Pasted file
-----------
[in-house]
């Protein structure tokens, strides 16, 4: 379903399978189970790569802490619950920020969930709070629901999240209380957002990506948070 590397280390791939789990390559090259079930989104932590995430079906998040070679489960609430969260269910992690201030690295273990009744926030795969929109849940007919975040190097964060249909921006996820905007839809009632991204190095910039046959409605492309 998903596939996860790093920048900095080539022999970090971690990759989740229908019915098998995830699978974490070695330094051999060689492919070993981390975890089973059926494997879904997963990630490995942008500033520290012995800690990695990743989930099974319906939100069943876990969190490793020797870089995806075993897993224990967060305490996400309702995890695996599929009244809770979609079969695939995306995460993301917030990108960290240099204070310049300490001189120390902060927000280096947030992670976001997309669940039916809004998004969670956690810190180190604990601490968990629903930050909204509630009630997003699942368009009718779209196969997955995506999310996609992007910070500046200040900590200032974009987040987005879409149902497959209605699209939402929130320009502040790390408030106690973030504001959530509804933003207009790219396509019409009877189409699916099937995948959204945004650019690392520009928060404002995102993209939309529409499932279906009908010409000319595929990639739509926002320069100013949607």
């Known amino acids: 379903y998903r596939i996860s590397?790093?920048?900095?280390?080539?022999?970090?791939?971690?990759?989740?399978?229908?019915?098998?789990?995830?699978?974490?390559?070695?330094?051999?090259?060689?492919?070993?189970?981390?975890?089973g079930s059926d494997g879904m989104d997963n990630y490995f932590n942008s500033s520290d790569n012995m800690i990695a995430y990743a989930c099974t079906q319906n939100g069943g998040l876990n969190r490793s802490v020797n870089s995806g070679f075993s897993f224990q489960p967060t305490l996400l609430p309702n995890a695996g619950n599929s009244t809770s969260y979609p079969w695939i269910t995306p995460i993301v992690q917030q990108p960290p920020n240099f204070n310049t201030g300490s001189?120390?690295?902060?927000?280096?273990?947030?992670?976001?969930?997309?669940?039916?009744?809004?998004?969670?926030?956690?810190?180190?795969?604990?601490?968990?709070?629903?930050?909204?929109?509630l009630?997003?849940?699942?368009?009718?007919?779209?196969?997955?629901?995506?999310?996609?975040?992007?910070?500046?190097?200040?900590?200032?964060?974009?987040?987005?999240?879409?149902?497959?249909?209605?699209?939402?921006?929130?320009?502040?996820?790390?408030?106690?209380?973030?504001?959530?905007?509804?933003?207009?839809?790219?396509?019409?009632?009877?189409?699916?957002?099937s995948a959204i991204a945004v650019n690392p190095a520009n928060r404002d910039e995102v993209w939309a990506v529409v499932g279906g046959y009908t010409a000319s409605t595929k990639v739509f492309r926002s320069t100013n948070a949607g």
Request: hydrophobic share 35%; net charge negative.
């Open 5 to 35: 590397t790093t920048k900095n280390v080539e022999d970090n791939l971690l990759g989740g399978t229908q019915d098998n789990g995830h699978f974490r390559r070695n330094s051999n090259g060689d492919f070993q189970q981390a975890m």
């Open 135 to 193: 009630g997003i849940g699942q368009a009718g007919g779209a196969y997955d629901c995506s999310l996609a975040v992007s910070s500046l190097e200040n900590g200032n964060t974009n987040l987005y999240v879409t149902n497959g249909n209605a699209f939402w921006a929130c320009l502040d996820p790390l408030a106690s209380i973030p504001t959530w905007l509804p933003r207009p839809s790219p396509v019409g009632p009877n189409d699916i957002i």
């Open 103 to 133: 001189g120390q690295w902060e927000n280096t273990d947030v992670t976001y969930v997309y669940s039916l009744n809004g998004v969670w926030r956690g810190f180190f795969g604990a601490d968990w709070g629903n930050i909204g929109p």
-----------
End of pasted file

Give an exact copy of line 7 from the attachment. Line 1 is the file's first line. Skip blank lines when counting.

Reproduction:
């Open 103 to 133: 001189g120390q690295w902060e927000n280096t273990d947030v992670t976001y969930v997309y669940s039916l009744n809004g998004v969670w926030r956690g810190f180190f795969g604990a601490d968990w709070g629903n930050i909204g929109p």